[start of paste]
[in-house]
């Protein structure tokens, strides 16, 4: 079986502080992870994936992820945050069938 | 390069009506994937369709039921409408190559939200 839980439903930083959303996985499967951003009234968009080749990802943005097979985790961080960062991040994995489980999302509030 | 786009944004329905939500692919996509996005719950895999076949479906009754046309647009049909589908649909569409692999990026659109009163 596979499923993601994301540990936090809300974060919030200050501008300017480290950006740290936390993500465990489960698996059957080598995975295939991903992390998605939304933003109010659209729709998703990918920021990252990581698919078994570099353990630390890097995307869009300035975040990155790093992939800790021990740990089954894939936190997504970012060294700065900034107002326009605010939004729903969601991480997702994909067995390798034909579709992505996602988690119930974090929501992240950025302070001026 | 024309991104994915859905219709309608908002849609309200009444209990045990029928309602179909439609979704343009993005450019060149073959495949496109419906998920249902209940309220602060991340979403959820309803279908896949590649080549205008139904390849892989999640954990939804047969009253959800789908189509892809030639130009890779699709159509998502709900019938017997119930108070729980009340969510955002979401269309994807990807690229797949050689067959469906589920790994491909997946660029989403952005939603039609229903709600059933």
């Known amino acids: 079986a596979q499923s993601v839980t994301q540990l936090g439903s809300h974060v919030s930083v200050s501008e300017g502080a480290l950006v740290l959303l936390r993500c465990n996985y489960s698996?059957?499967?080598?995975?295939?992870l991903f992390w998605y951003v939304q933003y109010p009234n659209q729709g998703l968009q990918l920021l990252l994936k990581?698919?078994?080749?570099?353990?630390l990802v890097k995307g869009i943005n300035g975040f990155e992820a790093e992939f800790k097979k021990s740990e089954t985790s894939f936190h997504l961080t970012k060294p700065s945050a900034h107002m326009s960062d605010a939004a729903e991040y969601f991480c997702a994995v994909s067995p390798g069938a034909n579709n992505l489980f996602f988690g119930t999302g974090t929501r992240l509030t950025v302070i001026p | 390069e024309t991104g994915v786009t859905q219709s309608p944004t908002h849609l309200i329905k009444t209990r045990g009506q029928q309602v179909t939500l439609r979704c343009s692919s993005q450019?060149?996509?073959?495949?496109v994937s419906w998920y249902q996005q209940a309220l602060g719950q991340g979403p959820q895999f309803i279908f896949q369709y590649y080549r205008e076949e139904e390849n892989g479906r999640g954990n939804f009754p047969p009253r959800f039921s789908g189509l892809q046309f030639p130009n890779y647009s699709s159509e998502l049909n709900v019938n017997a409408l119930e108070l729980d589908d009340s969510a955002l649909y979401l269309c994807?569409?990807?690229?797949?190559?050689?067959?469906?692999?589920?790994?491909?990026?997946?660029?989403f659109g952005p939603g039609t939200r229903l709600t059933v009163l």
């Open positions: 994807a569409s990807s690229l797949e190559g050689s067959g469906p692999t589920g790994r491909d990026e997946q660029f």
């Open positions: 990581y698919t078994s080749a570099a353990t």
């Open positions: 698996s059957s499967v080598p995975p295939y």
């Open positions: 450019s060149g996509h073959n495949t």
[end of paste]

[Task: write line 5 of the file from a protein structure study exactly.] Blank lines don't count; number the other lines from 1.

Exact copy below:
């Open positions: 990581y698919t078994s080749a570099a353990t």